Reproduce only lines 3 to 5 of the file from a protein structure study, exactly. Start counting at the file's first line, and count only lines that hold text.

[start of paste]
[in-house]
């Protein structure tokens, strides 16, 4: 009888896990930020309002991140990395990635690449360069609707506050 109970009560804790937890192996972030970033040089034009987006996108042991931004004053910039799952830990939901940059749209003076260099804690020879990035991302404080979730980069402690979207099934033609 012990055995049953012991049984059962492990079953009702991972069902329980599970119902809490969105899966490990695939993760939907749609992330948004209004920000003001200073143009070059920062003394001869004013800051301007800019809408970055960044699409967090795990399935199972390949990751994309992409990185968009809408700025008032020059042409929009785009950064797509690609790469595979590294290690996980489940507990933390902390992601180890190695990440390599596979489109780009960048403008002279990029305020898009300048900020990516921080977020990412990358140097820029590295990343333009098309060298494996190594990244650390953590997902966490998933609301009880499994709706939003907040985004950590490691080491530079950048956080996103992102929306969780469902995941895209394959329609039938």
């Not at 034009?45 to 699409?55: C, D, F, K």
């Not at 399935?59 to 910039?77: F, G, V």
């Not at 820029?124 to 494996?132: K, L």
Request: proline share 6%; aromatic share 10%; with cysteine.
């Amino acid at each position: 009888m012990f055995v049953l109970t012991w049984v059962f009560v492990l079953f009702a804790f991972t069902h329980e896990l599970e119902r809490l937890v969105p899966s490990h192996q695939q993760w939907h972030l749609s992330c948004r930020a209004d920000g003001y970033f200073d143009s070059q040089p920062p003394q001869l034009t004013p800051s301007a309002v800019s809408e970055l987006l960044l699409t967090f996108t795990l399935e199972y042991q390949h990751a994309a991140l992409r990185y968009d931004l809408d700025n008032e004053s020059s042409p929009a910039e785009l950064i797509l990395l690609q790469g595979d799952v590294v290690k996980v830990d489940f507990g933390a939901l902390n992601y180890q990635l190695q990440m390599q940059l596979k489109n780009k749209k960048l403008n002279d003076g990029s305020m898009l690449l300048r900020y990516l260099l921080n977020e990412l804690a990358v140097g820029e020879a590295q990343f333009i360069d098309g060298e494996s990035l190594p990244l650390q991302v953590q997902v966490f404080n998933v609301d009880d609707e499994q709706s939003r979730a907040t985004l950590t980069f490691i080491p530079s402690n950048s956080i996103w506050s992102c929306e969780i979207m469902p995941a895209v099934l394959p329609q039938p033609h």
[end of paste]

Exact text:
């Not at 034009?45 to 699409?55: C, D, F, K």
């Not at 399935?59 to 910039?77: F, G, V």
């Not at 820029?124 to 494996?132: K, L």